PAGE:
I suppose some masochistic types are feeling woozy listening to Bloomberg or Steyer–probably the same sorry souls who pay doms to dress up like Nazis and beat them with whips.

  16. Next you will claim the 1 million russians spent on facebook didnt cost Hillary the election.

    1. They weren’t able to WIN the election for the Hildebeast,

  17. Funny how neither of these men are stupid and both are versed in economics but neither seems to understand the concept of diminishing returns.

    1. They missed the news cycle: Billionaire Businessman Runs For President was 2016’s headline. So much self-defeating free publicity given to the man who is now our President. 2020 headline Another Billionaire… see page 23.

  18. I see a lot of Steyer ads in California. I still don’t know who he is or what he stands for. He’s trying to come across as down to Earth. Maybe that works in Iowa.

    1. Steyer made a billion largely off of heavy fossil fuel industries then decided to destroy the industry when he “retired.” Now he shorts stocks after asking liberal politician friends to open investigations into the shorted corporations.

    2. He’s been assaulting every possible outlet here in Iowa with ads, and I think he’s in, I don’t know, 7th place, so no, his schtick doesn’t play here either.

  19. Bloomberg is worth 50 billion? If so, then spending 30 million a week is actually being cheap and uncommitted. If he generates a 1% return a year, that’s 500,000,000 dollars. If he gets a bond return he’s generating 1.5 billion a year+. He should be spending 300 million a week if he truly wants to be president. He isn’t doing debates or fundraising. He’s a midget. And a giant douche. If he’s going to win, he’s going to have to spend 10x what anyone has ever spent. He can totally afford it. It would be epic to see a Bloomberg ad on every channel, every half an hour, for like 3 months straight, in every state. Of course, he’d then have to deal with not winning and having no excuse to rationalize nobody liking him. Do that instead of chintzing out and tweeting your open office concept. The reason people won’t vote for him in numbers is because they, rightly, know he’s a pussy. Midget pussies don’t win. Ask Dukakis. Spend 2 billion on the primary if you want to be president, lil’ guy. It’s chump change for you.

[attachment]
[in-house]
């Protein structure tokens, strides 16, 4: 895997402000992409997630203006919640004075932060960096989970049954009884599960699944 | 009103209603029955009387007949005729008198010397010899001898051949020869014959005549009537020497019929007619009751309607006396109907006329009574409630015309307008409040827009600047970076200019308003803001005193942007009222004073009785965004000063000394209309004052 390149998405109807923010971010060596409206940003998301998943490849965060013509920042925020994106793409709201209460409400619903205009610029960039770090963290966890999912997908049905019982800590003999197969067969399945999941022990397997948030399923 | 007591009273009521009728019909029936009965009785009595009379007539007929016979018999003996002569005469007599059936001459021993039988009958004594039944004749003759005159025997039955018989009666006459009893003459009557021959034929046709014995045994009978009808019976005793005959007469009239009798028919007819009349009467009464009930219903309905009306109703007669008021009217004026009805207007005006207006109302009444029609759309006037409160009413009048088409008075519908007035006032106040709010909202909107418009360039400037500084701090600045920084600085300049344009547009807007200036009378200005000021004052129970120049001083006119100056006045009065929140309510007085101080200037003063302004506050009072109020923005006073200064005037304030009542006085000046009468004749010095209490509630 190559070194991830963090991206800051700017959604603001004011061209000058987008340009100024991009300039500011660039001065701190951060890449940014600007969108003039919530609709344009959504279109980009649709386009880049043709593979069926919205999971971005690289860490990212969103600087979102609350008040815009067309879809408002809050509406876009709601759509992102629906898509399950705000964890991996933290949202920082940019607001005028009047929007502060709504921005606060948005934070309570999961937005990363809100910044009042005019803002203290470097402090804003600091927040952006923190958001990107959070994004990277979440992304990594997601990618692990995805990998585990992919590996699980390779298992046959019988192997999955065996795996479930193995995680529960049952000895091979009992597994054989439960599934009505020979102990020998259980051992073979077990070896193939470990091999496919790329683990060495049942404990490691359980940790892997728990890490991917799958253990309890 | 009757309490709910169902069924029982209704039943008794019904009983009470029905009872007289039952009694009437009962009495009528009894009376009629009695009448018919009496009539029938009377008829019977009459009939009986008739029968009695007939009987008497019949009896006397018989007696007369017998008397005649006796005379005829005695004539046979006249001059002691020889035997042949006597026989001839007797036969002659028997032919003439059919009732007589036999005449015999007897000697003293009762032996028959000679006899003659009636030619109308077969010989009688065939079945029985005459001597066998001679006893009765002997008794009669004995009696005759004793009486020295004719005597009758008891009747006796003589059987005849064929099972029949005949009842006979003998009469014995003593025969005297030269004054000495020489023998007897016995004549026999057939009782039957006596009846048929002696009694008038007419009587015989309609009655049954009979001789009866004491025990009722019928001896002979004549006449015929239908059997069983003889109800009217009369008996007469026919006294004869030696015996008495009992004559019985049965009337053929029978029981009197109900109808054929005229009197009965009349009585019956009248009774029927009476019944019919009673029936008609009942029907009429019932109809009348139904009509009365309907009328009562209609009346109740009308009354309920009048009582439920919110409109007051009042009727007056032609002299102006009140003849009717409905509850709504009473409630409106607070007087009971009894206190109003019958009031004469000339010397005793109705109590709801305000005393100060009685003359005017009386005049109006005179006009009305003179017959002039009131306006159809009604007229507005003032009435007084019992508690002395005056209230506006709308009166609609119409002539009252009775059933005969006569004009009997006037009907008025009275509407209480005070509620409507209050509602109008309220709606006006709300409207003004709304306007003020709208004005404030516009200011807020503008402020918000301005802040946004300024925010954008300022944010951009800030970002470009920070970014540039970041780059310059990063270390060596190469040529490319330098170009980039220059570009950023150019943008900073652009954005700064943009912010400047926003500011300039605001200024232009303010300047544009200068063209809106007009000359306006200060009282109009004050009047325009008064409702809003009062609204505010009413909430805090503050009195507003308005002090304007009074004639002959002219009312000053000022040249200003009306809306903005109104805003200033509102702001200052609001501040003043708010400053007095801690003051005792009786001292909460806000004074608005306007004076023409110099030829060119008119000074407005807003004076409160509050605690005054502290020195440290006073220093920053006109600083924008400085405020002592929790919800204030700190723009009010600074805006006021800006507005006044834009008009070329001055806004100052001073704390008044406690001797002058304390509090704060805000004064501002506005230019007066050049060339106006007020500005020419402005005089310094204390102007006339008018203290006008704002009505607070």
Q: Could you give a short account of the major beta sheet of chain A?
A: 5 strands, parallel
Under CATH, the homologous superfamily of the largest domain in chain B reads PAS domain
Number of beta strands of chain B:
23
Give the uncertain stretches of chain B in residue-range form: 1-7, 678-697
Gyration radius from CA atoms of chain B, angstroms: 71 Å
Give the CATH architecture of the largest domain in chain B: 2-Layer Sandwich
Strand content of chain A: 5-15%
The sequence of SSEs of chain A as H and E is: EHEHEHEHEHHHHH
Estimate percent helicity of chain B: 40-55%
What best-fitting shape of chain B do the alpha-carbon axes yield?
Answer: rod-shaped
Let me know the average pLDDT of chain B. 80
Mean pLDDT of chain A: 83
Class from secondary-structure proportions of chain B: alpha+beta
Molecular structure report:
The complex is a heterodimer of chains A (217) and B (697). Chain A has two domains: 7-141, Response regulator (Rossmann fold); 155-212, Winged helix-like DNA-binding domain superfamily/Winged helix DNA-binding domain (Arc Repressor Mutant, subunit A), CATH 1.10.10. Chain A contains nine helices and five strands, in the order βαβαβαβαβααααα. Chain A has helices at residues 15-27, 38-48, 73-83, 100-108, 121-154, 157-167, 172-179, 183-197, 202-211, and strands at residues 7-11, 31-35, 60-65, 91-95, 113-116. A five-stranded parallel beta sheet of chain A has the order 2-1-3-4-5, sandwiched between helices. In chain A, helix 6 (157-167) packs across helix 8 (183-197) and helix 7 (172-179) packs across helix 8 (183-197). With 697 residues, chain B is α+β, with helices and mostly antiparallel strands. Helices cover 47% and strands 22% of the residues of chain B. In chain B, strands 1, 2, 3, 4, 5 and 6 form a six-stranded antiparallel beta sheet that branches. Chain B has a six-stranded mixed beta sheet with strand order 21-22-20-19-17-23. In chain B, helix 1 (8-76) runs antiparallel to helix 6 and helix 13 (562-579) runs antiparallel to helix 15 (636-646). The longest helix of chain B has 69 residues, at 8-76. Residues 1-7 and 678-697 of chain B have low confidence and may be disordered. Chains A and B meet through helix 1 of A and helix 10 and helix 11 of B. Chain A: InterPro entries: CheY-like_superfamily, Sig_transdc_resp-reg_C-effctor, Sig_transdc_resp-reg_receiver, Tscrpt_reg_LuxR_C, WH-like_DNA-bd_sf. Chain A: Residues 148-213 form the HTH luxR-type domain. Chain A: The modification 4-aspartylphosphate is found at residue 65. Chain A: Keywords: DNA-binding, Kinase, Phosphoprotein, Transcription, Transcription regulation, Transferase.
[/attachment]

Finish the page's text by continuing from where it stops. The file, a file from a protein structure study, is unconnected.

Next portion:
1. I hate to think of the bullshit vendors in the mainstream media growing fat off his largesse.

      They would probably get more bang for the buck if they paid a few thousand underemployed, literate college grads to take to social media with their talking points.

      1. Don’t give them any ideas.

    2. There’s no doubt his business holdings provide him with lots of income, but I don’t think it makes sense to use a 1% return example (or bond example) for this pre-tax cash flow. Like most billionaire business owners, he is likely reinvesting much of his profits back in to his business. His personal investment portfolio(s) of marketable securities may well be very valuable, but again, I’m pretty sure he’s not getting $500 million in dividends and interest each year. Bloomberg might be borrowing against his holdings (at favorable rates), selling some assets that are easily liquidated, and adding in cash from dividends and interest. He is massively wealthy – but his personal overhead expenses are ridiculously high too. His main business is Bloomberg L.P. – and it’s a private company. It’s not like he can sell his company stock on the NYSE when he needs cash.

  20. It would be epic to see a Bloomberg ad on every channel, every half an hour, for like 3 months straight, in every state.

    Familiarity breeds contempt.

    Unless of course one has outstanding charisma, which Bloomie don’t.

  21. Trump was outspent by Hilary 2-1 and 4-1 in PAC money.
    Social media may be the great equalizer.

    1. that and the fact that hillary is genuinely unliked. obama pushed her shit and trump did too. people just don’t like her. i know i think she’s as crooked as a dogs back leg. she’s so crooked she’s round.

  22. The only thing funnier than watching Bloomturd blow his hundreds of millions is hearing the supposedly highly rational, wealthy, and educated progs I know say they think he will actually be the next POTUS. Goes to show you that wealth and education do NOT equal intelligence

  23. I would love for Bloomberg to be the Dem candidate.

    I want to walk up to the typical obese Proglodyte carrying a campaign sign, and mention “He’s the guy who tried to ban Big Gulps, because he says you’re too fat.”

    1. Nah. Can’t stomach the gun-control. In California, if one is registered to vote as no party preference, one can vote in the Democratic primary (or the Libertarian or American Independent). I’m thinking of temporarily switching my voter registration just so I can vote against Bloomberg.

  24. The Nixon Anti-Libertarian law passed the day the LP filed its papers is still robbing your income to shovel money to fake news media and entrenched looter party campaigns. The sole purpose of such extortion and bribery is to keep the public from reading our platform and casting those law-changing spoiler votes.

  25. Anyone who doesn’t think money buy influence in politics is a fool. USA continues to have the best govt money can buy!

  26. If the richest candidate always won, we would have had H. Ross Preot, Steve Forbes and John Kerry as POTUS.